While the region did not go through a recession in 2020, borrowing for COVID-19 pandemic containment measures has significantly increased public debt in the 13 countries including Uganda.
Three of the 13 countries in the region are in debt distress and 5 countries are at high risk of external debt distress.
Development Bank says the East African region’s economic growth is expected to recover to an average of 4.1in 2021 from 0.4 per cent in 2020. The bank predicts a further growth to 4.9 per cent and 5.6 per cent in 2022 and 2023
are part of the East Africa Economic Outlook 2021, which reviews the economic
performance of 13 countries: Burundi, Comoros, Djibouti, Eritrea, Ethiopia,
Kenya, Rwanda, Seychelles, Somalia, South Sudan, Sudan, Tanzania, and Uganda.
According to the report themed; “Debt Dynamics in East
Africa: The Path to Post-COVID Recovery”, the rapid economic recovery of the region will be driven by sustained
public spending on infrastructure, improved performance of the agricultural
sector, and increased regional economic integration. However, the slow rollout of COVID-19 vaccines and risks of spikes in infections could dampen the outlook.
While top economists with the bank say East Africa was the only region
that avoided a recession as a result of the COVID-19 impacts, it suffered a
slowdown in 2020 which was mainly driven by COVID-19 containment measures such as
lockdowns, curfews and reduced external demand for the export of raw materials
and lower tourism inflows.
“The region’s resilience during 2020 was due to relatively higher
economic diversification in the region and the swift policy responses initiated
by governments to counter the impact of the pandemic,” said Nnenna Nwabufo, the
Bank’s Director-General for East Africa.
While the region escaped a recession in 2020, Nnenna Nwabufo and her
team say the region did not escape the poverty trap caused by the pandemic. Shocks like floods and desert locust invasions are said to have affected
the performance of the agriculture sector, while contraction of economic activity hit
businesses and livelihoods hard, increasing poverty and income inequality.
They are now suggesting a mix of policy interventions to accelerate East Africa’s economic recovery and build post-COVID-19
resilience. These include scaling up vaccination, designing and implementing
economic stimulus packages and stabilising public debt by dealing with debt
related to state enterprises, among others” the Director-General pointed out.
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The contraction of economic activities, increase in fiscal deficit due
to high public spending to respond to the COVID-19 pandemic amidst reduced
public revenues, and exchange rate depreciation created fiscal and debt distress risks in the region in 2020. Three of the 13 countries in the region are in debt distress and 5 countries
are at high risk of external debt distress.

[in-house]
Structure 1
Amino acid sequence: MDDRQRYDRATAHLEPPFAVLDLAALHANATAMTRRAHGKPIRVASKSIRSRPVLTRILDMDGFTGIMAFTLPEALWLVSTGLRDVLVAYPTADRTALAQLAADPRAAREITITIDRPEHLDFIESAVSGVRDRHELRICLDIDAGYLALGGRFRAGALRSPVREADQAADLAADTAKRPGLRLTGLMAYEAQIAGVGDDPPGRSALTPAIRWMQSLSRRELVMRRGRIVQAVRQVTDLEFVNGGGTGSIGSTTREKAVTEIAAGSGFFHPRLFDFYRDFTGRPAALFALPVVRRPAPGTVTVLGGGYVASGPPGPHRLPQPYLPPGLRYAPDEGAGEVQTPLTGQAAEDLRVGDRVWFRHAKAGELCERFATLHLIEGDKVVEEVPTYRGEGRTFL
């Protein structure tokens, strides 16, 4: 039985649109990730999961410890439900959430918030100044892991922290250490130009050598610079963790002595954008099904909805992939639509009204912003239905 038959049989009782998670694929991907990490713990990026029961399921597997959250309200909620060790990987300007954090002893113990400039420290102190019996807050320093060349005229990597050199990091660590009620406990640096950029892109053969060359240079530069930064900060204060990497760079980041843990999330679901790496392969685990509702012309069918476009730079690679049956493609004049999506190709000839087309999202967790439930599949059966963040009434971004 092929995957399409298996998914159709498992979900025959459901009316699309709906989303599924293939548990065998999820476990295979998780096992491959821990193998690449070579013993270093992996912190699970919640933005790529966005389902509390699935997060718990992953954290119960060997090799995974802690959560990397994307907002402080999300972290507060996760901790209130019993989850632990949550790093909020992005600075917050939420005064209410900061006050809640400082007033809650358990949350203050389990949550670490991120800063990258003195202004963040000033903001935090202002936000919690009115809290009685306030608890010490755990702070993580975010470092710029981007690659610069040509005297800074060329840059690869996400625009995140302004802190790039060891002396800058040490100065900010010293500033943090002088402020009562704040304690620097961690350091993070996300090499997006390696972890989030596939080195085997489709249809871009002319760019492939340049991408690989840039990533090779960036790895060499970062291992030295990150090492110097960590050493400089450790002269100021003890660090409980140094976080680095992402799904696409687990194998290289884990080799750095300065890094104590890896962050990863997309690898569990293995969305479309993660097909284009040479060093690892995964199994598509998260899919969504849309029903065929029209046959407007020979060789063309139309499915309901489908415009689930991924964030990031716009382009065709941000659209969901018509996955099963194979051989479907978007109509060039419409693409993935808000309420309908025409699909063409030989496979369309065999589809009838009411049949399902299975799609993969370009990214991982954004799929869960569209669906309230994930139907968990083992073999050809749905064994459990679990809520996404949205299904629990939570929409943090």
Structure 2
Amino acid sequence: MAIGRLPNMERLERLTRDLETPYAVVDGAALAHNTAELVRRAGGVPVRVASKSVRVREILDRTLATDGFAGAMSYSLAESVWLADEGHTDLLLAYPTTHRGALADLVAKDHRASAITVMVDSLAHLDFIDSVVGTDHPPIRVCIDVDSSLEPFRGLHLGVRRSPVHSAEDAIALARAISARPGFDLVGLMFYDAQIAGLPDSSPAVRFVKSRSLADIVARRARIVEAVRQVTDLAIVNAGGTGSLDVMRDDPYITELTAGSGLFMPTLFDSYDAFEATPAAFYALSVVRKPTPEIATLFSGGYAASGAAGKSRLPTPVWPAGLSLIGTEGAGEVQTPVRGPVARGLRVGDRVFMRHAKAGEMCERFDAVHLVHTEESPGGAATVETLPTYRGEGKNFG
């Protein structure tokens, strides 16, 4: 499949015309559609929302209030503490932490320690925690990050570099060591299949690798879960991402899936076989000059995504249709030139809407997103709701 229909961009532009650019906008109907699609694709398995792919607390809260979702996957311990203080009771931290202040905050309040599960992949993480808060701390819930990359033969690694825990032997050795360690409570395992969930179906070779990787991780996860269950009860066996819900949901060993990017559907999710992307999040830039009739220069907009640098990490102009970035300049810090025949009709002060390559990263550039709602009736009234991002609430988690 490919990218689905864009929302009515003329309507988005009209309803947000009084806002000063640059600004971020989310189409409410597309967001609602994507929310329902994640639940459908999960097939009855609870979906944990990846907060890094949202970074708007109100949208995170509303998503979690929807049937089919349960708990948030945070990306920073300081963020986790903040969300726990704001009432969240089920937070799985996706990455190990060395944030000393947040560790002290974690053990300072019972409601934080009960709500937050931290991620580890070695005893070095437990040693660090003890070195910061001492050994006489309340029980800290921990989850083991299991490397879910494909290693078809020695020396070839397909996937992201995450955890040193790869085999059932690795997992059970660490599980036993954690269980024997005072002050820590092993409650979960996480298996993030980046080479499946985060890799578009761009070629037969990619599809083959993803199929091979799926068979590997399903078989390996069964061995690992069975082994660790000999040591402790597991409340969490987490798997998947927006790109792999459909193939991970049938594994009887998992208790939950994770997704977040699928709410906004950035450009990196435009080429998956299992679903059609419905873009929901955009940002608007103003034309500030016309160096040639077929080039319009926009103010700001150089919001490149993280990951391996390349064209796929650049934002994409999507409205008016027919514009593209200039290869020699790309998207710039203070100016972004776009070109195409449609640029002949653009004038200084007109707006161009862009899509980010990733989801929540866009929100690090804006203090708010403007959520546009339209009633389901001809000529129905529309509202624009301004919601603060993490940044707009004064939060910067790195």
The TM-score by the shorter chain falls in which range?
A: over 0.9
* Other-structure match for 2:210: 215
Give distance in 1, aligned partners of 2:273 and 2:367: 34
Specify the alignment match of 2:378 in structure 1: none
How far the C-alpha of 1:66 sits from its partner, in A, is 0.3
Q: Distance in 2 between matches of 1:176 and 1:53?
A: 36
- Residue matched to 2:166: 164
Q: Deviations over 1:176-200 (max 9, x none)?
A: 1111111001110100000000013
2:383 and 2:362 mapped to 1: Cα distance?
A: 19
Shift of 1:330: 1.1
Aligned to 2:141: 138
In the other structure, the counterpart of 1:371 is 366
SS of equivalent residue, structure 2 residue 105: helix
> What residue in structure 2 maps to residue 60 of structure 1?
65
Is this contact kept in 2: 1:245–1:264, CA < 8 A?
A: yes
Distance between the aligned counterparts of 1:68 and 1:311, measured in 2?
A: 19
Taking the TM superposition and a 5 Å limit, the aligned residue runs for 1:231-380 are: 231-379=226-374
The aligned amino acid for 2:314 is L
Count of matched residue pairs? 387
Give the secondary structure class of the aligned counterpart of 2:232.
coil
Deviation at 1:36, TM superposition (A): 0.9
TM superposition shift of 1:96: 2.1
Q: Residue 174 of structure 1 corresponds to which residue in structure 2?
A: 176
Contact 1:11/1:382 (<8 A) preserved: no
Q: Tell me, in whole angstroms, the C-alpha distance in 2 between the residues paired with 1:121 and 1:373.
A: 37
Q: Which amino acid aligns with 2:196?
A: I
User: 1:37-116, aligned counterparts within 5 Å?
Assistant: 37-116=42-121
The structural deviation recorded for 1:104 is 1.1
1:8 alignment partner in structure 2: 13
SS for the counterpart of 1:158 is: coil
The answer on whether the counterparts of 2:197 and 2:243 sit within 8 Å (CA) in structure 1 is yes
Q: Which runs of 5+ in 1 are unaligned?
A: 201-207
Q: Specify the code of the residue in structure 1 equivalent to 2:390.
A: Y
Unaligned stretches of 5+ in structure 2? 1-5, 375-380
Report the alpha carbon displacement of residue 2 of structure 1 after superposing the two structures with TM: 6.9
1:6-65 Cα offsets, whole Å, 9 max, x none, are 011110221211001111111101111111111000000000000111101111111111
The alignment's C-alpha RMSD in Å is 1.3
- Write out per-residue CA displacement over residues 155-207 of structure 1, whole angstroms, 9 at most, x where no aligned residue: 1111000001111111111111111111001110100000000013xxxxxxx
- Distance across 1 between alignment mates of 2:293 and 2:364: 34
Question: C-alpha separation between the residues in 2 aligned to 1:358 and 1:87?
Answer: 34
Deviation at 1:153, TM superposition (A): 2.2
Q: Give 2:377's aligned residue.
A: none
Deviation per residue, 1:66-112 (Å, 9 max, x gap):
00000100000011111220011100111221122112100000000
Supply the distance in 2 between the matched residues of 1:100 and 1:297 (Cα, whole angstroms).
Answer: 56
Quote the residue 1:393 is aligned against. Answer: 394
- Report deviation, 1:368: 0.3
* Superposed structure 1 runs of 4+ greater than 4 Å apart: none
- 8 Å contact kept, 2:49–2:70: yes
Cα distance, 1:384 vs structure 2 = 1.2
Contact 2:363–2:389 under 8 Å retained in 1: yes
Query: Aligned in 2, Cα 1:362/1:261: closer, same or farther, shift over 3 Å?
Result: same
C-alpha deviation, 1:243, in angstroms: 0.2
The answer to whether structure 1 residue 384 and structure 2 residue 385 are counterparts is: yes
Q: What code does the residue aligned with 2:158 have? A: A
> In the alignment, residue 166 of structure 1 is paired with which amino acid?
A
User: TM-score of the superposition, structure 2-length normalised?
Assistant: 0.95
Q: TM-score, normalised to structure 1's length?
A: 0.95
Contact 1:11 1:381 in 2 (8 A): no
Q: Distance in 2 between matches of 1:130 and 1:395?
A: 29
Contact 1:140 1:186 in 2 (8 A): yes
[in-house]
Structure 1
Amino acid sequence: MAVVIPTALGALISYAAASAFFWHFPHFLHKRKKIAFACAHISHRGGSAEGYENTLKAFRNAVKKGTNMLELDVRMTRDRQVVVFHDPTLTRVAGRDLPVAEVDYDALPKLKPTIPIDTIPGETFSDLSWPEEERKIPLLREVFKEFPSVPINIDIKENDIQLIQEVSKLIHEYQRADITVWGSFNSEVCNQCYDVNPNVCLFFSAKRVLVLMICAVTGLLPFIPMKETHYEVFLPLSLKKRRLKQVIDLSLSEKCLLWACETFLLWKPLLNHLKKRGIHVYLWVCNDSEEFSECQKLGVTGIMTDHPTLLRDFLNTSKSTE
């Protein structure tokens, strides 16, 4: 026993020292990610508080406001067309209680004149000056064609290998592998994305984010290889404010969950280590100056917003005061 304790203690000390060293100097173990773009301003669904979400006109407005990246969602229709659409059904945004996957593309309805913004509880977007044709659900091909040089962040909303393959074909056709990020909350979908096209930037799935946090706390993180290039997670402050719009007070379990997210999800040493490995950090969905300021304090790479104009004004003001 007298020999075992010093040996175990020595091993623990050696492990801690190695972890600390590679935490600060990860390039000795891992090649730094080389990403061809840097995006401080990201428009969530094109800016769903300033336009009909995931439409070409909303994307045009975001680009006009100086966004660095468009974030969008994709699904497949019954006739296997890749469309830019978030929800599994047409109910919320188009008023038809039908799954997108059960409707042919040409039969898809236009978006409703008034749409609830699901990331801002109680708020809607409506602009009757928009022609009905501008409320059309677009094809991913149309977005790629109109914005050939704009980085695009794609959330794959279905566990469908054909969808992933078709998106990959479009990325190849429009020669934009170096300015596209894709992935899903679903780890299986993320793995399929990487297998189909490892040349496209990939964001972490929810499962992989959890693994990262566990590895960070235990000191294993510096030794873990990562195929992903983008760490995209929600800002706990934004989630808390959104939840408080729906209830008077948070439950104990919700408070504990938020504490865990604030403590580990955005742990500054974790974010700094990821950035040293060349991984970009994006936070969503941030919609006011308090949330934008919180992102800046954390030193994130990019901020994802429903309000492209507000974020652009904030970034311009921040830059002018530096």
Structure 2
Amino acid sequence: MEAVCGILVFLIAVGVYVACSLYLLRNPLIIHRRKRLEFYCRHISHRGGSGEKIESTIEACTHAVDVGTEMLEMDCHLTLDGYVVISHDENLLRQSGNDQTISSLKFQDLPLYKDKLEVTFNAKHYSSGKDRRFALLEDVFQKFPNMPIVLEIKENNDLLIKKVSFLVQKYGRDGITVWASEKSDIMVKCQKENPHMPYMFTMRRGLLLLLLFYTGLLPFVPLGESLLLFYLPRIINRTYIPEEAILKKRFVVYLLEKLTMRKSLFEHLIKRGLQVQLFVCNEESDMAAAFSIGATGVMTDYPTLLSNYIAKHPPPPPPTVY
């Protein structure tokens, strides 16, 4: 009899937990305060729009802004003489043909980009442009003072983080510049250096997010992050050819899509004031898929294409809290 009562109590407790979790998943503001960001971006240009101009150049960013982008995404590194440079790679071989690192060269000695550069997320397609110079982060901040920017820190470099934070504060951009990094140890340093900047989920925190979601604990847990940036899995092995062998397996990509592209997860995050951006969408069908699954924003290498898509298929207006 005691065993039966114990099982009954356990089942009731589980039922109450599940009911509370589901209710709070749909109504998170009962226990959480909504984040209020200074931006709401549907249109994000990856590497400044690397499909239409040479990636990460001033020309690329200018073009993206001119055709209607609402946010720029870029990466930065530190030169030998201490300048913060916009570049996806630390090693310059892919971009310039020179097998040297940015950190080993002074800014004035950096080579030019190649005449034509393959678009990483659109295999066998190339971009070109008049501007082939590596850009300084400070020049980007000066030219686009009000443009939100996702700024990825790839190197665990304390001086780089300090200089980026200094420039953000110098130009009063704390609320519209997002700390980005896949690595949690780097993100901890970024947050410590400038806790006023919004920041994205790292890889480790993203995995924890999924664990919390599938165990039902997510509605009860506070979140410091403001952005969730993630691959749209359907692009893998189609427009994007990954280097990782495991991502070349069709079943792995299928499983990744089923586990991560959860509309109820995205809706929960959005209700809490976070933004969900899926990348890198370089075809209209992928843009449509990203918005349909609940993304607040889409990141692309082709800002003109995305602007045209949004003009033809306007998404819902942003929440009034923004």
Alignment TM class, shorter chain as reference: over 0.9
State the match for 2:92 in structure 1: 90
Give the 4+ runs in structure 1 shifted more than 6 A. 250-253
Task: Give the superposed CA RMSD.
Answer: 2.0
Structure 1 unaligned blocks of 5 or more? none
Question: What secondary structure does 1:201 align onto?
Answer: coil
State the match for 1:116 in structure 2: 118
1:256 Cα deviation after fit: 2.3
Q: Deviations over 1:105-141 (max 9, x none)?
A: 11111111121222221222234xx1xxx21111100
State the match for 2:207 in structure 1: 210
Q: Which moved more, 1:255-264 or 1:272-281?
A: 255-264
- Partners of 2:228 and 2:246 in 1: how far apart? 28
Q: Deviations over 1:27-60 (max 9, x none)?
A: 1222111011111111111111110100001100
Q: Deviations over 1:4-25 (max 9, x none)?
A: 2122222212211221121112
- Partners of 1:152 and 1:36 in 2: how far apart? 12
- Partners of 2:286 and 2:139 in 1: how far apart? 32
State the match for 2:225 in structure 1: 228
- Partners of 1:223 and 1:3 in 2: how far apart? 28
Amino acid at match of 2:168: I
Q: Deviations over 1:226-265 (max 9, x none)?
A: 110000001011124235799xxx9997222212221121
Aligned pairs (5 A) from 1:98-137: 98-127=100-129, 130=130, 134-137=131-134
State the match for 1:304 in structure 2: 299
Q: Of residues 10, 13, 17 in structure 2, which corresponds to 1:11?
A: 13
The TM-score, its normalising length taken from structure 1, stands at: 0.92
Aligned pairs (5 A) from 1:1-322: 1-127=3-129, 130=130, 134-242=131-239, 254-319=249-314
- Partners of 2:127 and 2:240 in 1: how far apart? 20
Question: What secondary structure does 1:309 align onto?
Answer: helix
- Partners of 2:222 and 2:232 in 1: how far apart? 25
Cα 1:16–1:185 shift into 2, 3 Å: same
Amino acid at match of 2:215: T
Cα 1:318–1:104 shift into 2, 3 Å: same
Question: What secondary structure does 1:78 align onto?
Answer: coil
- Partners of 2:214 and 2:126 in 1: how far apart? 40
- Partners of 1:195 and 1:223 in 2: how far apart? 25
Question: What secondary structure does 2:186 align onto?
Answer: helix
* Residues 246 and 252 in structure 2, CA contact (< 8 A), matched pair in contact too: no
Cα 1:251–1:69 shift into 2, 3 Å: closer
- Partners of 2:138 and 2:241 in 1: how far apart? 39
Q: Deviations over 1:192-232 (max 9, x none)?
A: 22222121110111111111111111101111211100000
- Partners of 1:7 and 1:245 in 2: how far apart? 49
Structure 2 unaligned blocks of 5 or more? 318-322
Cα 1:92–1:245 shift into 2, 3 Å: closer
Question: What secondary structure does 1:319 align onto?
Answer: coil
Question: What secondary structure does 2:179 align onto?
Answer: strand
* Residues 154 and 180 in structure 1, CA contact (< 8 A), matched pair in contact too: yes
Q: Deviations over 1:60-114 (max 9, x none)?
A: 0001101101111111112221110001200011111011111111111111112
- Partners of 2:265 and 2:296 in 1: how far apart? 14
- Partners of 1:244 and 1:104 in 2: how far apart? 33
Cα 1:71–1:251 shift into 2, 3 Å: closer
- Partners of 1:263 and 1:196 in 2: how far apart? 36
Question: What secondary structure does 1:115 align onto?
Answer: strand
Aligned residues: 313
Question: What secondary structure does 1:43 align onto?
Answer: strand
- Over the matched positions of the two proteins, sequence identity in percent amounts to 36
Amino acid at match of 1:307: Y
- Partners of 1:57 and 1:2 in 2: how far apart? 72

The report points out that better economic governance is needed to
stabilize and reduce the public burden in East Africa. Other key actions
include improving debt management and transparency and dealing with debt
related to state-owned enterprises and contingent liabilities in some of the
region’s largest economies.
The Bank’s report names political fragility across the region as one of
the biggest downside risks to the growth outlook. Other risks include limited
economic diversification and over-reliance on largely unprocessed commodity
The rising Public Debt in Eastern
The report also provides a deep dive into the public debt dynamics in the
region. According to the report, public debt in the region rose from 40 per cent of GDP
in 2011 to 67 per cent in 2019. The increase in public debt has been driven by high
investment and a slowdown in real GDP growth.
“Public debt further increased to 73 per cent of GDP due to borrowing in 2020
due to borrowing to support government spending on COVID-19 pandemic containment
measures. Better economic management is needed to stabilise and reduce the public
debt in East Africa,” said Nnenna Nwabufo
Most of the region’s bilateral debt has become less concessional while
China’s presence as a source of financing has also increased over the period. The
countries including Uganda are going for commercial borrowing that tends to be
more expensive when compared to bilateral concessional financing.
Former Bank of Uganda Deputy Governor, Dr Louis Kasekende said the region has witnessed
significant economic contractions resulting in historically low growth rates.
“Trade has been disrupted domestic revenue and foreign exchange receipts have
dwindled substantially while public financing requirements are rising as part
of the governments’ efforts to contain the pandemic,” said Kasekende, the
Executive Director of Micro Economic and Financial Management Institute of
Eastern and Southern Africa.
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He said the increase in public debt is happening at a time when the pace
of sovereign debt accumulation has been increasing in most of the African
countries including the 13 Eat Africa countries.